A new radio station has launched in Hammersmith & Fulham to counter loneliness during the pandemic and be a bridge to people suffering from mental health issues and long-term conditions.
Gaga Radio has been co-produced by Hammersmith-based community interest company We Coproduce and local people who have worked collaboratively with West London NHS Trust. The trust has funded the project's development since 2018.
The We Coproduce team – which includes Fulham resident Jane McGrath – hopes to draw on the skills of H&F residents to help run the station, offer vocational training to vulnerable groups and promote community events as and when they start up again. Gaga Radio will also host national debates about health and wellbeing and music.
The We Coproduce team and Gaga Radio are permanently based at the new Riverside Studios, Hammersmith but are operating from Jane’s home in Fulham Palace Road due to the coronavirus lockdown.
An internet-only station, it launched last Saturday (4 April) on the Gaga Radio website.
Currently, Gaga Radio is offering a mix of music, interviews, phone-ins, discussions, plays, spoken word and comedy shows, with local DJs aiming to break down barriers and fight isolation across west London.
“This is about helping people reach out and connect with each other in these stressful times, and hopefully those bonds and networks will stay in place,” she said.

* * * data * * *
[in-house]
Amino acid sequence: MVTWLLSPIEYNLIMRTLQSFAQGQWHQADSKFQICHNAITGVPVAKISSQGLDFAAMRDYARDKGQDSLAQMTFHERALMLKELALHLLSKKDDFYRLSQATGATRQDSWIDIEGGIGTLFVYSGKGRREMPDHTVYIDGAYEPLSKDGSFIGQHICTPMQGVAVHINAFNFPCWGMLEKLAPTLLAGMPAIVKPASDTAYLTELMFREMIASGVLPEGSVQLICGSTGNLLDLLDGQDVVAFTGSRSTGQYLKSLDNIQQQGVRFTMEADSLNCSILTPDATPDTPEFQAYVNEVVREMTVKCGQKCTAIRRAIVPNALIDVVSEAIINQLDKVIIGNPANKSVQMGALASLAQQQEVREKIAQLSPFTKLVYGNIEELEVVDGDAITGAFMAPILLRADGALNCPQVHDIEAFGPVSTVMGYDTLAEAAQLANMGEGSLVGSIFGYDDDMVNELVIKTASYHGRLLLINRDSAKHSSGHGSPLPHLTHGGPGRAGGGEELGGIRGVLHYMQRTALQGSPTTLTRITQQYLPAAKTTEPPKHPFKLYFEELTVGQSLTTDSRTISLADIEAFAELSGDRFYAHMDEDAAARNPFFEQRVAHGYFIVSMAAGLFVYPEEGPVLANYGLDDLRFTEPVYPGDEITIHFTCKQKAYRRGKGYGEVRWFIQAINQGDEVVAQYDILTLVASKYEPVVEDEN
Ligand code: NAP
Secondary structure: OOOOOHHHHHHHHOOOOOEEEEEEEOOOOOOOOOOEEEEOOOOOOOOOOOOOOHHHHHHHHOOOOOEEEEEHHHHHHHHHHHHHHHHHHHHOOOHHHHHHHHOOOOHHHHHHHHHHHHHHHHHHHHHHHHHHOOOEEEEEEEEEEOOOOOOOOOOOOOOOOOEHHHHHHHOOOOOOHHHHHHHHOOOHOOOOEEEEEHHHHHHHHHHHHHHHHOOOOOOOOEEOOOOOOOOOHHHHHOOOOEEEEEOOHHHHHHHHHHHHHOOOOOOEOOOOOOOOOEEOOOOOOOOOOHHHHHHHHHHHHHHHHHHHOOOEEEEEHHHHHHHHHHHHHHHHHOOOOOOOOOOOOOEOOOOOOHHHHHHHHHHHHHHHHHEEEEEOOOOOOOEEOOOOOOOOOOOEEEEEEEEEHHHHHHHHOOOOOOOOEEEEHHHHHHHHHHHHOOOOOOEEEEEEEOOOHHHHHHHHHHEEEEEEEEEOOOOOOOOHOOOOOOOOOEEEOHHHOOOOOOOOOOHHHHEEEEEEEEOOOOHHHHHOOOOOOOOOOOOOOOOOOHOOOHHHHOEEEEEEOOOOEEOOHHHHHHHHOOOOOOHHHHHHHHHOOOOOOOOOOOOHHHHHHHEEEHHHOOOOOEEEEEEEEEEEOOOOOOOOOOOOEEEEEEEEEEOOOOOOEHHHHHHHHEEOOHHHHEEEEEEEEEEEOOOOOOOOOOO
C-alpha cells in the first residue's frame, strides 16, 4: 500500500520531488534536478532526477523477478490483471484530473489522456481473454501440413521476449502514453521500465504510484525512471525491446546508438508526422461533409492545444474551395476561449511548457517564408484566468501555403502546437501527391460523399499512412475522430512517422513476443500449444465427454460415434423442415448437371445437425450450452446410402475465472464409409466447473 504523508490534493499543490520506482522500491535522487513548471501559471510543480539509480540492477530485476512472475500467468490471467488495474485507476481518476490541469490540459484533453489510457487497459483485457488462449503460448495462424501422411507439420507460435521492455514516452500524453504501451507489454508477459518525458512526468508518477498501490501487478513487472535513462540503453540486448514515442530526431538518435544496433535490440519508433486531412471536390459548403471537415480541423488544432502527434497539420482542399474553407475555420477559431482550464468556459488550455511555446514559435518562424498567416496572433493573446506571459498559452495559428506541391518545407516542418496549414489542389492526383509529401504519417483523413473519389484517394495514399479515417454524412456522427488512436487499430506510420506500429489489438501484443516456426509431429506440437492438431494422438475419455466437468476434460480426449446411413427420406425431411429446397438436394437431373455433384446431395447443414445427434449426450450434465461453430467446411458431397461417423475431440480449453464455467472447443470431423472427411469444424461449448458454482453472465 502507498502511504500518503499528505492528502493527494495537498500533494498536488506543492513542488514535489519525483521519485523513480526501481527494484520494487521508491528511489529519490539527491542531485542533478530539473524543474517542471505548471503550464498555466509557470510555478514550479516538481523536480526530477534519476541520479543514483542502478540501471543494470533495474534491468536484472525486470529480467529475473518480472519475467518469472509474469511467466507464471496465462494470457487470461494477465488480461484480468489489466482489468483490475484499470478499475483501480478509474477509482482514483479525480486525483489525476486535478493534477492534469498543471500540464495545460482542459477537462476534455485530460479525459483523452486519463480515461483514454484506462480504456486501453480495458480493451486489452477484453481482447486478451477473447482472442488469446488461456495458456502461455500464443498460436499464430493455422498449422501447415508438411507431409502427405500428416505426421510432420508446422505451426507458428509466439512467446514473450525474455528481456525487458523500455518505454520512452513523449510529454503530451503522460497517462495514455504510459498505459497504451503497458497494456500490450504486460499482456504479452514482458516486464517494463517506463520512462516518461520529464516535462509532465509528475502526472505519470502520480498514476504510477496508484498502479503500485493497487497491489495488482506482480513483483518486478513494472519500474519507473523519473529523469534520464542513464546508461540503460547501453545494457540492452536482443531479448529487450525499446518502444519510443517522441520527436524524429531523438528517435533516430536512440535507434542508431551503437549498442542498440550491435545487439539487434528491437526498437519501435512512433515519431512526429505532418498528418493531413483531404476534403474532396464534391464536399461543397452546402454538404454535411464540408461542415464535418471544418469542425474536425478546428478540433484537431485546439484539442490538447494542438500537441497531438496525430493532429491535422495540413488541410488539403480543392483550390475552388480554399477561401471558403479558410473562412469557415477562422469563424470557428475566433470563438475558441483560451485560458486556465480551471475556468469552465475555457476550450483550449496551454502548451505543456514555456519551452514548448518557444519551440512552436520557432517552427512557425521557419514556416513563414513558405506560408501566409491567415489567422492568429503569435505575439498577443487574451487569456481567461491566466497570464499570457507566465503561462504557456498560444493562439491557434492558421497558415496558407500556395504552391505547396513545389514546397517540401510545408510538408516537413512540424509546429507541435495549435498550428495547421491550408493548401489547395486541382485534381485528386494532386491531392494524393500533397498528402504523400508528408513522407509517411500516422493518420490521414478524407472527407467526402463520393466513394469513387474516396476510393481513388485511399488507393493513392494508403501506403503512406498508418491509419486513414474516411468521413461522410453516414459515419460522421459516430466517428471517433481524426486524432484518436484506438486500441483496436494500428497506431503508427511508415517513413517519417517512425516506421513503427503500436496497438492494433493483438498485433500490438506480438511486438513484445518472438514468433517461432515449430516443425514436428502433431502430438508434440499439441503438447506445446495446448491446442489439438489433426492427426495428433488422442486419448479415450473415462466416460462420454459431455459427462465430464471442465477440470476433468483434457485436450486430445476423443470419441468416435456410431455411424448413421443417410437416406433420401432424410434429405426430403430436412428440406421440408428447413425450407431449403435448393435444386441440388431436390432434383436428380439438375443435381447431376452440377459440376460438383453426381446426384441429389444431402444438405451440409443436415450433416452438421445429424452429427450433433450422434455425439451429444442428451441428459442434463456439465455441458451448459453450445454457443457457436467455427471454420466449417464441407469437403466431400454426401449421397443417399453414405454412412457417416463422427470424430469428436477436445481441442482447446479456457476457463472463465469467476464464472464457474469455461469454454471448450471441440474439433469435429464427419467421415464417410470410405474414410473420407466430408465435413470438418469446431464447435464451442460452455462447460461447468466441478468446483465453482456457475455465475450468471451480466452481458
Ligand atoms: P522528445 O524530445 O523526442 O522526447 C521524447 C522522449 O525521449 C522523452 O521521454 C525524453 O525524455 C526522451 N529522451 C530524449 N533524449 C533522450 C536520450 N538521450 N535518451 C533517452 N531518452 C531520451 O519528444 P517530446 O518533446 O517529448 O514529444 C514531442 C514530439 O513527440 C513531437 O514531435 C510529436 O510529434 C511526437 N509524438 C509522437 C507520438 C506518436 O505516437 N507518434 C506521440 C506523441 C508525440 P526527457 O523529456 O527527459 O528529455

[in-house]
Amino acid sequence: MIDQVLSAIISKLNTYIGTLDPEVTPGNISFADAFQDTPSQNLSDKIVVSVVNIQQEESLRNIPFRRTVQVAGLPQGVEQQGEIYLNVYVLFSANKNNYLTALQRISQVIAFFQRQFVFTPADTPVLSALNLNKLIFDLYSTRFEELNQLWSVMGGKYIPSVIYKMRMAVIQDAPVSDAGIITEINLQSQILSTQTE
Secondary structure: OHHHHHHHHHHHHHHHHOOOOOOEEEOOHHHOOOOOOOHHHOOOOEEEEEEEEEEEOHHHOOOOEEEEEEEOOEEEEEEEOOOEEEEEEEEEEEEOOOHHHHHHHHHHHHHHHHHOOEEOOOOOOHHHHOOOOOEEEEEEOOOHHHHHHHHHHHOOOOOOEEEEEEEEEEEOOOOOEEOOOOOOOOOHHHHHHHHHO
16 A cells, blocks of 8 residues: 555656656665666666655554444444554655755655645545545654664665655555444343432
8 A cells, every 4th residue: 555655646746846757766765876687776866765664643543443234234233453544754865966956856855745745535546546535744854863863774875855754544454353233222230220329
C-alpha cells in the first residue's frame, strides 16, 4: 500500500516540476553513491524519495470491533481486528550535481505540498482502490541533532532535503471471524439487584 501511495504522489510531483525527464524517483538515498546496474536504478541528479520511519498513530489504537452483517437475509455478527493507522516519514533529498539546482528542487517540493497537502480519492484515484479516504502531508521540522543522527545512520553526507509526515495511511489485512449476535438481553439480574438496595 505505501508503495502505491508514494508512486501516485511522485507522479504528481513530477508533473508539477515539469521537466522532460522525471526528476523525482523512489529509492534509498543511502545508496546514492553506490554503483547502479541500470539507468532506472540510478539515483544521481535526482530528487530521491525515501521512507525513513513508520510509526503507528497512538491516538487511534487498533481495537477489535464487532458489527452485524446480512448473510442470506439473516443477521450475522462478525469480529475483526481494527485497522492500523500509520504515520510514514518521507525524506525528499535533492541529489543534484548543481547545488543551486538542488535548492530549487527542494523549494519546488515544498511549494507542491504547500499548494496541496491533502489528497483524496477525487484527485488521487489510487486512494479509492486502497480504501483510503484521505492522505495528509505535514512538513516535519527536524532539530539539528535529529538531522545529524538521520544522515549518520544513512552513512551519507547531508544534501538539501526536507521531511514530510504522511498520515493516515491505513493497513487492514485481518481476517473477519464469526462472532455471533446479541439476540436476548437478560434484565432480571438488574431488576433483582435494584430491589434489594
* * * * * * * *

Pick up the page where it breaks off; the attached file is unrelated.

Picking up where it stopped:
“Content will be fun, thought-provoking, irreverent, engaging, topical and informative. We particularly want to work with those who may have long-term health conditions, and we will support people to use digital technology so they can contribute from home.”
The digital station Gaga Radio has been planned for some time, but the coronavirus crisis provided the spur to get it up and running with the nation in lockdown.
Jane, who runs community forums in Hammersmith via her We Coproduce consultancy, has been discussing ways of improving wellbeing and resilience, and keeping in touch.
“People don’t want to be patronised or talked to as ‘lonely people’ or ‘ill people’, they want to be recognised as part of the community,” she said.
Jane has set up the station with the help of a £10,000 grant from West London NHS Trust. She will draw on the skills of H&F residents to run the station, and is keen to promote community events as and when they start up again.
“We were just finishing drawing up our business case… then coronavirus came along, and I thought: ‘Let’s just do it!’”
The equipment arrived last week, the licence has been granted, and the station was ready to rock on Saturday.
The name? It was dreamt up in meetings of potential listeners, to defiantly reappropriate the word ‘gaga’ and turn it from an insult into a badge of pride.
It is also partly a salute to Queen’s hit Radio Gaga, and the band’s west London connections.
Jane, formerly based in offices at Riverside Studios, Hammersmith, says her mantra is ‘Rock the boat, without getting rocked out of it’.
One goal of Gaga Radio is to encourage people to start each day with a blast of music, to stimulate the grey cells and help everyone think outside the box.
“Would you like to create a one-hour show featuring your favourite uplifting tunes?” Jane asked. “You can create it on Mixcloud and send the link, or a simple MP3 file. From gypsy jazz to vintage acid house, Christian rap to trip hop and English folk. From northern soul to grime – this is where your hidden music collections get to shine!”
You can send contributions to email@example.com
“Problems are not always what they appear,” she said. “This is a space where communities can talk about their health and what matters to them; sharing ideas, projects and learning, destigmatising mental illness and tackling social isolation head-on.”
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